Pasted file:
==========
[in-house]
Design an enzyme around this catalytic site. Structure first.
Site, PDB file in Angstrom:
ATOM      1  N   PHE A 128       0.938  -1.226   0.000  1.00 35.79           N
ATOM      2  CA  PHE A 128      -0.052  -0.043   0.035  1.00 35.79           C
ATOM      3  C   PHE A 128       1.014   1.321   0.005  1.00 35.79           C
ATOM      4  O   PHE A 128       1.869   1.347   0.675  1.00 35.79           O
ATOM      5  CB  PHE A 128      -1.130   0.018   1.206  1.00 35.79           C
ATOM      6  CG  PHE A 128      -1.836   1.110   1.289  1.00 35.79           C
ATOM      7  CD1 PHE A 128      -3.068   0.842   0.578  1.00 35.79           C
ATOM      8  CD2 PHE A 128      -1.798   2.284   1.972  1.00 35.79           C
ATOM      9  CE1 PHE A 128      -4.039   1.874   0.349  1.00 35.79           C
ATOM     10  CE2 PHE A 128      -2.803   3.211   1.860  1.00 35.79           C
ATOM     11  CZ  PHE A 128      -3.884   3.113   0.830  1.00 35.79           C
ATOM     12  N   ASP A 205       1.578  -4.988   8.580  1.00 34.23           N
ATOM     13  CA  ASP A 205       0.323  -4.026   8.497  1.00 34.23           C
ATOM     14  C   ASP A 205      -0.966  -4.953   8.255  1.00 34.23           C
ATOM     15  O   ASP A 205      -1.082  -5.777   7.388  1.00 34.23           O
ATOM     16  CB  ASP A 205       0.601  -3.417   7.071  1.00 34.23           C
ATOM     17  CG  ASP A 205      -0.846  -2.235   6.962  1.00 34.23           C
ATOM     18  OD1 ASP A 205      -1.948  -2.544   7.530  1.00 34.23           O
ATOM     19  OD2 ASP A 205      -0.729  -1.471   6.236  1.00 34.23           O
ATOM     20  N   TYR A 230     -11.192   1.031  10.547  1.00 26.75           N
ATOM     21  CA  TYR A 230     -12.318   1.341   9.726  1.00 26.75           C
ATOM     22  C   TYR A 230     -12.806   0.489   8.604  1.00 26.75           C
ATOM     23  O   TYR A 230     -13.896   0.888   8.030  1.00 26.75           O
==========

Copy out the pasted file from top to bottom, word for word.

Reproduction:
[in-house]
Design an enzyme around this catalytic site. Structure first.
Site, PDB file in Angstrom:
ATOM      1  N   PHE A 128       0.938  -1.226   0.000  1.00 35.79           N
ATOM      2  CA  PHE A 128      -0.052  -0.043   0.035  1.00 35.79           C
ATOM      3  C   PHE A 128       1.014   1.321   0.005  1.00 35.79           C
ATOM      4  O   PHE A 128       1.869   1.347   0.675  1.00 35.79           O
ATOM      5  CB  PHE A 128      -1.130   0.018   1.206  1.00 35.79           C
ATOM      6  CG  PHE A 128      -1.836   1.110   1.289  1.00 35.79           C
ATOM      7  CD1 PHE A 128      -3.068   0.842   0.578  1.00 35.79           C
ATOM      8  CD2 PHE A 128      -1.798   2.284   1.972  1.00 35.79           C
ATOM      9  CE1 PHE A 128      -4.039   1.874   0.349  1.00 35.79           C
ATOM     10  CE2 PHE A 128      -2.803   3.211   1.860  1.00 35.79           C
ATOM     11  CZ  PHE A 128      -3.884   3.113   0.830  1.00 35.79           C
ATOM     12  N   ASP A 205       1.578  -4.988   8.580  1.00 34.23           N
ATOM     13  CA  ASP A 205       0.323  -4.026   8.497  1.00 34.23           C
ATOM     14  C   ASP A 205      -0.966  -4.953   8.255  1.00 34.23           C
ATOM     15  O   ASP A 205      -1.082  -5.777   7.388  1.00 34.23           O
ATOM     16  CB  ASP A 205       0.601  -3.417   7.071  1.00 34.23           C
ATOM     17  CG  ASP A 205      -0.846  -2.235   6.962  1.00 34.23           C
ATOM     18  OD1 ASP A 205      -1.948  -2.544   7.530  1.00 34.23           O
ATOM     19  OD2 ASP A 205      -0.729  -1.471   6.236  1.00 34.23           O
ATOM     20  N   TYR A 230     -11.192   1.031  10.547  1.00 26.75           N
ATOM     21  CA  TYR A 230     -12.318   1.341   9.726  1.00 26.75           C
ATOM     22  C   TYR A 230     -12.806   0.489   8.604  1.00 26.75           C
ATOM     23  O   TYR A 230     -13.896   0.888   8.030  1.00 26.75           O